One of the many boundary stones along the fence
Looking into the vastness of the Migneint
Soon I caught up with the two other walkers I had seen earlier and we walked together for a while to reach the Afon Gelyn, where I stopped to don gaiters in an attempt to keep my feet dry whilst crossing the river - although unfortunately this failed and the water began to seep through whilst I was wading across!

The Afon Gelyn
Once back on dry land I stopped for a quick break whilst deciding my plan of attack for the ascent of Arenig Fach.  I initially opted for the slightly higher ground above Boncyn Crwn but this only ended up with me wading through deep heather in shorts, which was quite unpleasant!  In the end I decided to head southwards to the Trinant burn, where I was able to pick a slightly less heathery route of ascent following a branch of the burn southwards.  Near the source of the stream I was forced to return to the deep heather for a steep ascent to gain the spur overlooking Llyn Arenig Fach.

Llyn Arenig Fach and Llyn Celyn
Here I picked up a faint path, which I followed up the steep heathery ground with excellent views back northwards over the vastness of the Migneint moorland.

Looking back down towards the Migneint
After occasional rocky sections, the ground relented as I reached the summit plateau area.  A few hundred metres further brought me to the trigpoint, cairn and windshelter on the summit of Arenig Fach (Marilyn, Nuttall).

Summit of Arenig Fach
After admiring the fantastic views from up here I stopped for a quick bite to eat in the impressive windshelter next to the cairn.  The two people I met earlier appeared a short while later and after chatting to them for a few minutes I started my descent.

On the summit of Arenig Fach
The descent along the faint path SE along the fence line was unpleasantly steep in places and care was needed in a number of places as the fence not only had barbed wire on the top but also on the bottom too, which seemed somewhat unnecessary!  Eventually the angle eased and I headed eastwards over Bryn Du with excellent views over Llyn Celyn.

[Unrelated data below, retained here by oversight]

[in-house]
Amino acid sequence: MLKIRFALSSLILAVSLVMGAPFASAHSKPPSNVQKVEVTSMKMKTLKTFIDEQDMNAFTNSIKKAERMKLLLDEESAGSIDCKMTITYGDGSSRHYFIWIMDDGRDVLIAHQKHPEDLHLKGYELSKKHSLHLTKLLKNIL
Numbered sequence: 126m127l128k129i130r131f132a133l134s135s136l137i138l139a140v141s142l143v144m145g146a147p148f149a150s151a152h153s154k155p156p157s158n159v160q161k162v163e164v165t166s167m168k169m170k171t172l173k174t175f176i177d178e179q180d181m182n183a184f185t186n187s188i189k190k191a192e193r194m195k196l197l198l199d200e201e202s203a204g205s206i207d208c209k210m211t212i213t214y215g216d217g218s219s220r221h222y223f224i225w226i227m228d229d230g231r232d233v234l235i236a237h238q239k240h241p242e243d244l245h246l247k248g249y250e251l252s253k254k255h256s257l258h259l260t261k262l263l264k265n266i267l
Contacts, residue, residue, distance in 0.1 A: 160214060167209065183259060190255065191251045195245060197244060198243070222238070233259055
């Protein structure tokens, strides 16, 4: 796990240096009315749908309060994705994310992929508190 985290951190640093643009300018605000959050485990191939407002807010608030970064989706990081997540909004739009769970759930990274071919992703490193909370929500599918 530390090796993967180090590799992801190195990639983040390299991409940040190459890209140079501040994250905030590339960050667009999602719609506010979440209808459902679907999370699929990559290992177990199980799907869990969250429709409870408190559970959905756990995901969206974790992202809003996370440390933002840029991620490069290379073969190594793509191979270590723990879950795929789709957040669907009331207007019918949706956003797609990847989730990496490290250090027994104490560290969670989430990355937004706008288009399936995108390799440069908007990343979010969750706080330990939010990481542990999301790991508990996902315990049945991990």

Mynydd Nodol overlooking Llyn Celyn
The ground became progressively more reedy as I descended until I was only a couple of hundred metres above the road.  However the direct route to the road looked to be quite unpleasant given it was through steep, pathless bracken and woodland.  I stumbled upon an old track, which turned out to be a public footpath, and I followed it northwards to reach the road near the corner.

Capel Celyn memorial chapel
Capel Celyn memorial chapel
After a little over half a kilometre of road walking I came to the Capel Celyn memorial chapel, which commemorates the flooding of Capel Celyn village and the surrounding Tryweryn valley to create the Llyn Celyn reservoir in 1965.

Llyn Celyn
A further kilometre of walking along the busy road brought me back to the car at around 7:15pm after a most excellent day's hill-walking in the sunshine :-)

See also my Social Hiking live map from the walk.


  1. What a cracking walk, Sir

    Some glorious pictures of the views too.

    1. Thanks Alan :-)

      I was quite pleasantly surprised about how good the walk was and how quiet the hills were!

  2. I'm impressed you managed to find a route up onto Arenig Fach. I comprehensively failed a few years back and diverted to Fawr instead. Might try again now I've seen your pics. Did you leave the sunshine there BTW. I'm not going if it's rainy ;)

    1. Thanks for the comment :-) I'm not sure I'd recommend the route I took up onto Arenig Fach, as it was up unpleasantly steep heather. However having said that, my descent route wasn't really much better! But it was all worthwhile as the views were most excellent :-)

  3. What a lovely walk. It is quite a few years since I went walking in Wales and there is much there to yet explore. I used to go more from college when ran the fell walking club as much closer than I am now. That was rather a long time ago! Must be due a visit.

    1. Thanks Heather it was a lovely walk, up quite quiet hills :-) I think it was my first hillwalk in Snowdonia for almost two years!

      I agree that that there is much yet to explore - there's still a lot of Wales that I've not walked in yet!